Nine Reasons Your Labor Organization Needs a Radio Station—and How to Get One
UPDATE, October 23: Because of the federal shutdown, the deadline to apply for a spot on the FM radio dial has been extended to November 14.
1. It’s possible. In October 2013, the FCC will open a window for unions and community organizations to apply for Low-Power FM (LPFM) licenses to broadcast up to 100 watts—enough to reach an area seven to 20 miles in diameter, depending on the terrain.
2. It’s cheap. The application itself is free, and an engineering study costs as little as $100-$3,000. If your application is approved, a station can be built for as little as $10,000, or even less if you can get equipment donated. You’ll have at least a year to raise the money. It’s a worthwhile investment.
3. Workers listen to radio. Every week 241.3 million Americans listen to radio. This includes more than 93 percent of the population over age 12, and 90 percent of those ages 12-24. Contrary to popular belief, radio listenership has increased in the 21st century, rising by 4.9 percent from 2005 to 2011.
4. The 1% dominate the airwaves. Since deregulation of media ownership in 1996, two corporations—ClearChannel (owned by Mitt Romney’s Bain Capital) and Cumulus—have come to control 42 percent of radio stations in the United States, broadcasting anti-worker propaganda from coast to coast. Less than 7 percent are owned by women or minorities, and community stations remain a rarity. As consolidation continues, the voices of women, people of color, immigrants, workers, and other oppressed groups are further marginalized. The 99% can reclaim the airwaves with LPFM radio.
5. There’s lots of help available. If you’d like to apply for a station, or just need more information, you can contact Prometheus Radio Project here. If you’d like to network with other labor organizations going through the application process and be involved in developing programming, you can join the emerging LPFM for workers initiative at COMMRAD.iO.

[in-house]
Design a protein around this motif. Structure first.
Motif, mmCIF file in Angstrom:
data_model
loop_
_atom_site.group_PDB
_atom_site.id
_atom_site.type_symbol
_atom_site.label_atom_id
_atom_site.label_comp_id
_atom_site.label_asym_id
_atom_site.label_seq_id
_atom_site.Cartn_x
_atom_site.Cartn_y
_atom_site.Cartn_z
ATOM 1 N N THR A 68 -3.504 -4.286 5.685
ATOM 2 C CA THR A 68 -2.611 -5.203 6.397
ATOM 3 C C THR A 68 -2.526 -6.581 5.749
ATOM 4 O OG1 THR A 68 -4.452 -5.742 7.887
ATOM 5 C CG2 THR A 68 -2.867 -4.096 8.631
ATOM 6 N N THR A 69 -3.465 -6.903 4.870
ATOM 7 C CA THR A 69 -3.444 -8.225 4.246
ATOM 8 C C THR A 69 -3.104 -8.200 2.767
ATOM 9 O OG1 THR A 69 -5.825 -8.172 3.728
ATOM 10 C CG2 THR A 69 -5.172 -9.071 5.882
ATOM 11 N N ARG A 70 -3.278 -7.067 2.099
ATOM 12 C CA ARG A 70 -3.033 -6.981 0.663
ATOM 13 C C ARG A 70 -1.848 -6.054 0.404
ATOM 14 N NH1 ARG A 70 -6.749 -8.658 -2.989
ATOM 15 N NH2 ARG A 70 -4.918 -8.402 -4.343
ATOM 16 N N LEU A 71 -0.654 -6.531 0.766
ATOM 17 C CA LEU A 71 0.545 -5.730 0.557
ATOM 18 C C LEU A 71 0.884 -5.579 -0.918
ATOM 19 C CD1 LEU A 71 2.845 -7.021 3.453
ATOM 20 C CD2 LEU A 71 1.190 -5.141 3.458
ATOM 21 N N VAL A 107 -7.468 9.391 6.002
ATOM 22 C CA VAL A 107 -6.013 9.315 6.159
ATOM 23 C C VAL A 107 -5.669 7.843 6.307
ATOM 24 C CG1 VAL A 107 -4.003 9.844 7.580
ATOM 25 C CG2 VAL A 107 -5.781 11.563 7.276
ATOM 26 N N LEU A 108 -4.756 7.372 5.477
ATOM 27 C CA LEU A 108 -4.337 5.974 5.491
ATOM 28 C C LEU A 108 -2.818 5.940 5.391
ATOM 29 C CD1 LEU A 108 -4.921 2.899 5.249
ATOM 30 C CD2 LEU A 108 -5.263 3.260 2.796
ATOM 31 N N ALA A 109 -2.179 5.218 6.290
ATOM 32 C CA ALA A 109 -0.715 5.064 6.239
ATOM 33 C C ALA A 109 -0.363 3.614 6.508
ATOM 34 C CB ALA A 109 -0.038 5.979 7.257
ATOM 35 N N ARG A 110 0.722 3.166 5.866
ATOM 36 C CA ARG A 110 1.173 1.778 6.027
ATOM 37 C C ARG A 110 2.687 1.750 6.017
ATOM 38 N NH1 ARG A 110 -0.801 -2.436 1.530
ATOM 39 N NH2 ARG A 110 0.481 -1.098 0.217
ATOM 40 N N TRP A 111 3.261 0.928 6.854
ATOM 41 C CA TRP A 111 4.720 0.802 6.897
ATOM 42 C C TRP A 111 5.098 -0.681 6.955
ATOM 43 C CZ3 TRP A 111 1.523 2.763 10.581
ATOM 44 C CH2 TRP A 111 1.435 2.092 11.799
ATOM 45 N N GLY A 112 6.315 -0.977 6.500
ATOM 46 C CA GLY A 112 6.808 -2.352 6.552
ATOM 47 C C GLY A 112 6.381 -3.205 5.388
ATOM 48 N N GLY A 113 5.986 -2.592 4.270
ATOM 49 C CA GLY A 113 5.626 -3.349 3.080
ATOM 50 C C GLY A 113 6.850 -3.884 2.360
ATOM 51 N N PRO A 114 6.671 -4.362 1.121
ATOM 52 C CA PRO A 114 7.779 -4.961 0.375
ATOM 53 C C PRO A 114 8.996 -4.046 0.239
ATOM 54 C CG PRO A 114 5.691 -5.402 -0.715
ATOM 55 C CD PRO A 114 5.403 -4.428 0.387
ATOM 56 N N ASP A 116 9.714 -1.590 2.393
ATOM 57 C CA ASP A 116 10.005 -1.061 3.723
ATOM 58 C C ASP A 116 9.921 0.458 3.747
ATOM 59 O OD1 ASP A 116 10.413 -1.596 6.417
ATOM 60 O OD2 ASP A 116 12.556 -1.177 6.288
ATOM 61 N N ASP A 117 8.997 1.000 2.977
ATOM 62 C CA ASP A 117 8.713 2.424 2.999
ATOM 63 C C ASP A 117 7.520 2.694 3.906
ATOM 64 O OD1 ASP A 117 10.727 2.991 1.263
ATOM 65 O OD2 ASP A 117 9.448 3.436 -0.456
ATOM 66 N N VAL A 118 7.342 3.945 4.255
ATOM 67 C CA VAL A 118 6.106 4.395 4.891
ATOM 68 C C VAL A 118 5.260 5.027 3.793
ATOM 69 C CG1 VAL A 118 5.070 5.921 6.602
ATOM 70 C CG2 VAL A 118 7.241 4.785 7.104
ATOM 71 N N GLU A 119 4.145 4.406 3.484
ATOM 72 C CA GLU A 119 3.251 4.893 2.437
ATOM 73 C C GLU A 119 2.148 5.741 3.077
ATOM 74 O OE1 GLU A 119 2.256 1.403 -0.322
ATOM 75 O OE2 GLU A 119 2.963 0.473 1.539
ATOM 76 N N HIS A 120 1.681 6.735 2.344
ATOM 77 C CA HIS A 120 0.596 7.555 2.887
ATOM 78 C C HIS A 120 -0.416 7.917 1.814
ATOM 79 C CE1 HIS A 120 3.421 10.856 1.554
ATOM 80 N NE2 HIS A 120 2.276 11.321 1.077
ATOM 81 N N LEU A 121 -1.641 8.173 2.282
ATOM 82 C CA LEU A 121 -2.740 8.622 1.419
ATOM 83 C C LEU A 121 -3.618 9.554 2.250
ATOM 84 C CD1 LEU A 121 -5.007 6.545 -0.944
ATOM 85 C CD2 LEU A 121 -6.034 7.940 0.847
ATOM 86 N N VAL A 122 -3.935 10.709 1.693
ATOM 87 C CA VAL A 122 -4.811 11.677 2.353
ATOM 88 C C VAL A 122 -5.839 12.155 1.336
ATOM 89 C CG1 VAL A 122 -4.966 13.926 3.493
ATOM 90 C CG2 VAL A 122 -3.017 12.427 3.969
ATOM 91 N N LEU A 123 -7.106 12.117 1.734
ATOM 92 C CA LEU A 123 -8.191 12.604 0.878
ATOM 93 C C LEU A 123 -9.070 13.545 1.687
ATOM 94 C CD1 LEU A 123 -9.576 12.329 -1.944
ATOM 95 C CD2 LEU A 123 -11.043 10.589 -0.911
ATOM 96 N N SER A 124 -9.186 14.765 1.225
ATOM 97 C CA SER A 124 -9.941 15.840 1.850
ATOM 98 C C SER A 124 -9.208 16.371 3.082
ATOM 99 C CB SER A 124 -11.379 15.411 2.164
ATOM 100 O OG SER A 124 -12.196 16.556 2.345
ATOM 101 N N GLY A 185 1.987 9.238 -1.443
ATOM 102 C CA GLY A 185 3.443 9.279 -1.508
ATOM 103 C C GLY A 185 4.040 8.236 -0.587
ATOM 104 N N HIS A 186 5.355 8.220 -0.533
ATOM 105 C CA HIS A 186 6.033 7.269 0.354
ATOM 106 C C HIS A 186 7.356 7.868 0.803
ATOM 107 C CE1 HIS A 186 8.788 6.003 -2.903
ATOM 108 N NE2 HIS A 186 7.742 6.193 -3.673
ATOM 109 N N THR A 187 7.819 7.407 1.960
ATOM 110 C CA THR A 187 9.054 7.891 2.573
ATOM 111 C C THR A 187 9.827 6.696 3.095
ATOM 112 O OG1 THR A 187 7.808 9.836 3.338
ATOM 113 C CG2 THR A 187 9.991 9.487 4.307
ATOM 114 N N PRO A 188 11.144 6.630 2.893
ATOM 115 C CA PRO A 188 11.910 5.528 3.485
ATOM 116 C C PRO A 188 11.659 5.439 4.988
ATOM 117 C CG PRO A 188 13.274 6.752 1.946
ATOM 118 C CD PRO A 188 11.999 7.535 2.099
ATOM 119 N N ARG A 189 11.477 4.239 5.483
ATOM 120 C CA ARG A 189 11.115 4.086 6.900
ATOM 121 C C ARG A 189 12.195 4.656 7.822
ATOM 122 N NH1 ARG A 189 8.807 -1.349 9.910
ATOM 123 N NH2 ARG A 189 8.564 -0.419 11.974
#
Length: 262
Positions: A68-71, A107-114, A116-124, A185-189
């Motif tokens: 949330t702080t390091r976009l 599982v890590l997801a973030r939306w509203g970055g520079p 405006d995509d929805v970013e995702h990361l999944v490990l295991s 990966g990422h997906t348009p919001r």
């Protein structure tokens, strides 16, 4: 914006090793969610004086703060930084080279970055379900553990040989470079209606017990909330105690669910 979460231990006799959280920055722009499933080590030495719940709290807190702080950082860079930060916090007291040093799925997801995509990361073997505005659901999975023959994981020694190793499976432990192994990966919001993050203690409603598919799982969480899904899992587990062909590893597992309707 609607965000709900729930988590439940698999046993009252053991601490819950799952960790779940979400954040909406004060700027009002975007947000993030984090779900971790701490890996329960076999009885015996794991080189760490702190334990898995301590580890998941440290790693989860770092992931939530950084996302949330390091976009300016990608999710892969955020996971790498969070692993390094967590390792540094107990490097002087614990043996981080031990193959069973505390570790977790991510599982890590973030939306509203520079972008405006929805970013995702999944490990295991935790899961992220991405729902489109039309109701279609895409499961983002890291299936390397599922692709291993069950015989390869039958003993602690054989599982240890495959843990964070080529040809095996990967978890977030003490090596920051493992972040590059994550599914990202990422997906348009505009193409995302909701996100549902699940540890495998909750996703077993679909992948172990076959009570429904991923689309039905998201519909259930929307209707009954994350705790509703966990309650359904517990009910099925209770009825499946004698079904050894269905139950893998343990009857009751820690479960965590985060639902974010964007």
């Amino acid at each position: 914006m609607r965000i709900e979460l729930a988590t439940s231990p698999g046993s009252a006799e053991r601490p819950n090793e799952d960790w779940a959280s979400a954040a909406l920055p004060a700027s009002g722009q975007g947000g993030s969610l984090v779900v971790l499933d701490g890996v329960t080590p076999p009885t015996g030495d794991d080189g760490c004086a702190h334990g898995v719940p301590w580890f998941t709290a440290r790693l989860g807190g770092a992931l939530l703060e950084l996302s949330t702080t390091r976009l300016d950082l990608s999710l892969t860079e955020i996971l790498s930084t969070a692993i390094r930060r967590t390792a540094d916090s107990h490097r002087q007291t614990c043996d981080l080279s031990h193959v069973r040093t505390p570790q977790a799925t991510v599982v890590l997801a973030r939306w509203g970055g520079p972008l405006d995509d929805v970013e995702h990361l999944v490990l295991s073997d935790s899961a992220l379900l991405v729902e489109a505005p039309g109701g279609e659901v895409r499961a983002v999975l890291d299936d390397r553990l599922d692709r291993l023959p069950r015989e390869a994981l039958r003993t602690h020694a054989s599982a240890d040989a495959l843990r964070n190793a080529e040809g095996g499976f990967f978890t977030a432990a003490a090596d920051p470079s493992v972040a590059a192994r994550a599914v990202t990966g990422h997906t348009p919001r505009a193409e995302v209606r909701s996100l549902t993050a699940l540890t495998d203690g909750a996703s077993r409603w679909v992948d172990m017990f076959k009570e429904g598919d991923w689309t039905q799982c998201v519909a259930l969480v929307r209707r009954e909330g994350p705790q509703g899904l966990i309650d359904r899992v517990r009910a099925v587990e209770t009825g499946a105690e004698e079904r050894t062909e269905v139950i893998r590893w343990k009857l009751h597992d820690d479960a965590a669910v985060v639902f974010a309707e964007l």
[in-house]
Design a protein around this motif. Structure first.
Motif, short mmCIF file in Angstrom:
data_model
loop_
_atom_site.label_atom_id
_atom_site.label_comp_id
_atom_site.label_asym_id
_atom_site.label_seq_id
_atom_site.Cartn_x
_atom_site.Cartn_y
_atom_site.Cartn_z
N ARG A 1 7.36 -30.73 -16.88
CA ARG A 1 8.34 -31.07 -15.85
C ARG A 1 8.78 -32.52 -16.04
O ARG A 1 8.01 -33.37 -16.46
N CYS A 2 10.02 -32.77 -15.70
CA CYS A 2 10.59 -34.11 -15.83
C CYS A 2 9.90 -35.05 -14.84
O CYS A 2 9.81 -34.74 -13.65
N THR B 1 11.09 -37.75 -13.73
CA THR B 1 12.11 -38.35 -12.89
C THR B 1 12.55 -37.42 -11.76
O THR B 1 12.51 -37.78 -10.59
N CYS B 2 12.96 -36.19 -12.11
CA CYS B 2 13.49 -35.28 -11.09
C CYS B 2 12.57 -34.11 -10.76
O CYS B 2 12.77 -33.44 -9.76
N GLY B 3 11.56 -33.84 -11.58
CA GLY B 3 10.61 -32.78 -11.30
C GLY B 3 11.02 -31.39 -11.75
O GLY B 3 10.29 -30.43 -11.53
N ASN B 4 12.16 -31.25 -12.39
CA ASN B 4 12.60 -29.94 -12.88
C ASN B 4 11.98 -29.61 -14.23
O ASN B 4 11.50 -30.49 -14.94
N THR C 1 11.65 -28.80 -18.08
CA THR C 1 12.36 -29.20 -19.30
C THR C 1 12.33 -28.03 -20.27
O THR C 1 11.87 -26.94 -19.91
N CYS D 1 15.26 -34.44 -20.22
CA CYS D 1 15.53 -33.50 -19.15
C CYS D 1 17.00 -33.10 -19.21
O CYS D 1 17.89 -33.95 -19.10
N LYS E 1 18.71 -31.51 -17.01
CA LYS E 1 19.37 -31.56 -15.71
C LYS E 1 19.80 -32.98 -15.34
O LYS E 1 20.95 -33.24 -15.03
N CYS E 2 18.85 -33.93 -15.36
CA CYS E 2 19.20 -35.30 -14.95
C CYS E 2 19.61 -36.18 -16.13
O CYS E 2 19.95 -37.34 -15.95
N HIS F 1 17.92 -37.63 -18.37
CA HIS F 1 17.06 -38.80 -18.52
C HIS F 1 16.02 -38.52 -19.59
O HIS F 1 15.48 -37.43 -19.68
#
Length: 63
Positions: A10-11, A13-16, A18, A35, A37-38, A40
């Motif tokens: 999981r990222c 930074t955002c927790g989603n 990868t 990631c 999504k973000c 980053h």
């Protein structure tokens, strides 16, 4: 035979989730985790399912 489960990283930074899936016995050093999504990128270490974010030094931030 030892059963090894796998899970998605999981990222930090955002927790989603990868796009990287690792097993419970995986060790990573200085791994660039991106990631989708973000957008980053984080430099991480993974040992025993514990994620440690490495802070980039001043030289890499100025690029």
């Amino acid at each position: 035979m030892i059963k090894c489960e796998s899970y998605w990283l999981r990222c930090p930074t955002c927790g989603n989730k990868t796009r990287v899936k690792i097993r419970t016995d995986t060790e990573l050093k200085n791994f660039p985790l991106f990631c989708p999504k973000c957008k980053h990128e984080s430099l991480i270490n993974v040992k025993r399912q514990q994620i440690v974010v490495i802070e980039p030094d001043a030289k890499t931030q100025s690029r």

6. Community radio is an organizing tool. Radio stations have played a crucial role in many major social movements since the invention of radio, from the strikes of the 1930s to the 2006 teachers strike in Oaxaca, Mexico. In the U.S., farmworker organizations like the Coalition of Immokalee Workers and PCUN have integrated radio into their organizing, using their broadcasts to promote protest rallies, educate listeners on how to fight wage theft, and even coordinate disaster response. Labor radio programs on community stations across the country report the real stories of local struggles the corporate media usually ignore or misrepresent. With new stations, independent labor media can reach new audiences.
7. It’s available. Frequencies are open in many major cities and most rural areas. Your broadcast could reach thousands or even millions of ears.
8. If you don’t, the bosses will. When the FCC opened up a window to apply for the last remaining spots on the dial for full-power FM stations in 2007, right-wing groups mobilized to gobble up as many frequencies as possible. Let’s make sure we get more workers’ voices on the air this time, not more Rush Limbaugh clones.
9. It’s our last chance. This will be the final opportunity to apply for broadcast licenses in the United States. Applications will be due this October, so act now to take advantage of this historic opportunity to put the labor movement on the air. Get in touch with COMMRAD.iO or Prometheus Radio Project to find out more and get the application process started!
Erik Forman has been active in the Industrial Workers of the World since 2005, working and organizing at Starbucks and Jimmy John’s. He is currently compiling a report on union strategies for organizing the food service and retail sectors as a Practitioner Fellow at the Kalmanovitz Initiative for Labor and the Working Poor at Georgetown University, to be released this spring. Follow him at twitter.com/_erikforman.